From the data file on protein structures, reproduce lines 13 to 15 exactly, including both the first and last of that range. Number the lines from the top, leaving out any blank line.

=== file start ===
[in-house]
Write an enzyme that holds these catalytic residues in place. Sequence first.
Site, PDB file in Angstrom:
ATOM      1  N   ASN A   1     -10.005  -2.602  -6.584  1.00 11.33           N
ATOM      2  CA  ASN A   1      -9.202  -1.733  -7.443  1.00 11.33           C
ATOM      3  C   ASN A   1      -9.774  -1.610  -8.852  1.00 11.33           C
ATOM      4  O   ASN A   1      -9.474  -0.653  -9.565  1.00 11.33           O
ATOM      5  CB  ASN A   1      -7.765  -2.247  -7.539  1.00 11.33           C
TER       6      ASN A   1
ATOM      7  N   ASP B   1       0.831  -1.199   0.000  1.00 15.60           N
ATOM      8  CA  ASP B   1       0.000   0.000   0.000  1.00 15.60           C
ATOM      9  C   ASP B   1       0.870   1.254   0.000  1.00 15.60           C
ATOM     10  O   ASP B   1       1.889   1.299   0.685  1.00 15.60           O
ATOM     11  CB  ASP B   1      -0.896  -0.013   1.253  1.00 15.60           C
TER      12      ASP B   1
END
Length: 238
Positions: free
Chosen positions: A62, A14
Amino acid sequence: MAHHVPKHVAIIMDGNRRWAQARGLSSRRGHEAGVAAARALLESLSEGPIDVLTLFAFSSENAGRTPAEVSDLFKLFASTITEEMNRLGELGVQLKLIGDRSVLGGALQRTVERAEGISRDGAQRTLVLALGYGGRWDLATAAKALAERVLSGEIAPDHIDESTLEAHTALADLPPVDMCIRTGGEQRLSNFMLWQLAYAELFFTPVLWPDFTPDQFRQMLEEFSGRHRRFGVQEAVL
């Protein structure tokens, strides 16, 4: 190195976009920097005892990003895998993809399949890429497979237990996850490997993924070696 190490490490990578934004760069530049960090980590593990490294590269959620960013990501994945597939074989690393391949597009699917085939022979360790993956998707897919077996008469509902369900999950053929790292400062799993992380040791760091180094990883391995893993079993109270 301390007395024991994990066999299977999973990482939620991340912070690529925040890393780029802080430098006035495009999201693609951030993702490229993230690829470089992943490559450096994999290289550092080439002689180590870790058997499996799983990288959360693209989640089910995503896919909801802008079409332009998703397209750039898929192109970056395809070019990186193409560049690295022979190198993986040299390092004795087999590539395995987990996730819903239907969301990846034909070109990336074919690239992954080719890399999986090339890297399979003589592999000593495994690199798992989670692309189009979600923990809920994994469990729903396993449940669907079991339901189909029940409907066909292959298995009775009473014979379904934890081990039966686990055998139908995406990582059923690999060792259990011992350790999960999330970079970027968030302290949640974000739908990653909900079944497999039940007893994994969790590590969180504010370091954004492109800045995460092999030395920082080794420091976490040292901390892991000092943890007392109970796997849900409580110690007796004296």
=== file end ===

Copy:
ATOM     10  O   ASP B   1       1.889   1.299   0.685  1.00 15.60           O
ATOM     11  CB  ASP B   1      -0.896  -0.013   1.253  1.00 15.60           C
TER      12      ASP B   1